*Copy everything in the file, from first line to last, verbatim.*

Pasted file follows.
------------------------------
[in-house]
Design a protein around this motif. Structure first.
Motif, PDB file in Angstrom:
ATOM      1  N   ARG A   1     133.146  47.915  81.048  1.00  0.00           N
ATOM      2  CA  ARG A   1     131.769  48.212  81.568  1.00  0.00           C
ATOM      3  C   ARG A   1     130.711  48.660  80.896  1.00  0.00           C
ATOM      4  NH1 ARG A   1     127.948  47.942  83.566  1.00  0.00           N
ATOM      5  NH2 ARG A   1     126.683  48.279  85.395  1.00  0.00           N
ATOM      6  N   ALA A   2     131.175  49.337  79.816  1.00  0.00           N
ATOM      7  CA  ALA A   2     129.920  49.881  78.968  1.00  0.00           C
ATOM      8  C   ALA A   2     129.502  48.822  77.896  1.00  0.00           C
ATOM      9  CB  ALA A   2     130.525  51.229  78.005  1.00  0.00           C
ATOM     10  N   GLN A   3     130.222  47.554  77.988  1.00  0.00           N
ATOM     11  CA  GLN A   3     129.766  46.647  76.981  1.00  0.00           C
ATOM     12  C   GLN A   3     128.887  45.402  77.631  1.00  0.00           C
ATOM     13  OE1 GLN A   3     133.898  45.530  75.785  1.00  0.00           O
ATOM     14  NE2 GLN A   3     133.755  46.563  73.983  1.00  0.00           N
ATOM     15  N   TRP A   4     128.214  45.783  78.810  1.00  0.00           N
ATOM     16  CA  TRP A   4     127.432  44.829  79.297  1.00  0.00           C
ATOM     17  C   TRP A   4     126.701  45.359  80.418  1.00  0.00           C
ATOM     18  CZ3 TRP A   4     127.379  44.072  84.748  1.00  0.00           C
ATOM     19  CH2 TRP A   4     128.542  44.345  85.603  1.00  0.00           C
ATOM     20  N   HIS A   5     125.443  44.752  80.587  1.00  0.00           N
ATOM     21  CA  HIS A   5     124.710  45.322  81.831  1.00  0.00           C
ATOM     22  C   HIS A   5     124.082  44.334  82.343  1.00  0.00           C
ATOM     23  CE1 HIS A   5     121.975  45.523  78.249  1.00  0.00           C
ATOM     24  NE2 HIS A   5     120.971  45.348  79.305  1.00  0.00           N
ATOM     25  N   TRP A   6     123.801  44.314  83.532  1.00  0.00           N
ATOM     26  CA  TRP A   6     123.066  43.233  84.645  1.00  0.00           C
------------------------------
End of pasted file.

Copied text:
[in-house]
Design a protein around this motif. Structure first.
Motif, PDB file in Angstrom:
ATOM      1  N   ARG A   1     133.146  47.915  81.048  1.00  0.00           N
ATOM      2  CA  ARG A   1     131.769  48.212  81.568  1.00  0.00           C
ATOM      3  C   ARG A   1     130.711  48.660  80.896  1.00  0.00           C
ATOM      4  NH1 ARG A   1     127.948  47.942  83.566  1.00  0.00           N
ATOM      5  NH2 ARG A   1     126.683  48.279  85.395  1.00  0.00           N
ATOM      6  N   ALA A   2     131.175  49.337  79.816  1.00  0.00           N
ATOM      7  CA  ALA A   2     129.920  49.881  78.968  1.00  0.00           C
ATOM      8  C   ALA A   2     129.502  48.822  77.896  1.00  0.00           C
ATOM      9  CB  ALA A   2     130.525  51.229  78.005  1.00  0.00           C
ATOM     10  N   GLN A   3     130.222  47.554  77.988  1.00  0.00           N
ATOM     11  CA  GLN A   3     129.766  46.647  76.981  1.00  0.00           C
ATOM     12  C   GLN A   3     128.887  45.402  77.631  1.00  0.00           C
ATOM     13  OE1 GLN A   3     133.898  45.530  75.785  1.00  0.00           O
ATOM     14  NE2 GLN A   3     133.755  46.563  73.983  1.00  0.00           N
ATOM     15  N   TRP A   4     128.214  45.783  78.810  1.00  0.00           N
ATOM     16  CA  TRP A   4     127.432  44.829  79.297  1.00  0.00           C
ATOM     17  C   TRP A   4     126.701  45.359  80.418  1.00  0.00           C
ATOM     18  CZ3 TRP A   4     127.379  44.072  84.748  1.00  0.00           C
ATOM     19  CH2 TRP A   4     128.542  44.345  85.603  1.00  0.00           C
ATOM     20  N   HIS A   5     125.443  44.752  80.587  1.00  0.00           N
ATOM     21  CA  HIS A   5     124.710  45.322  81.831  1.00  0.00           C
ATOM     22  C   HIS A   5     124.082  44.334  82.343  1.00  0.00           C
ATOM     23  CE1 HIS A   5     121.975  45.523  78.249  1.00  0.00           C
ATOM     24  NE2 HIS A   5     120.971  45.348  79.305  1.00  0.00           N
ATOM     25  N   TRP A   6     123.801  44.314  83.532  1.00  0.00           N
ATOM     26  CA  TRP A   6     123.066  43.233  84.645  1.00  0.00           C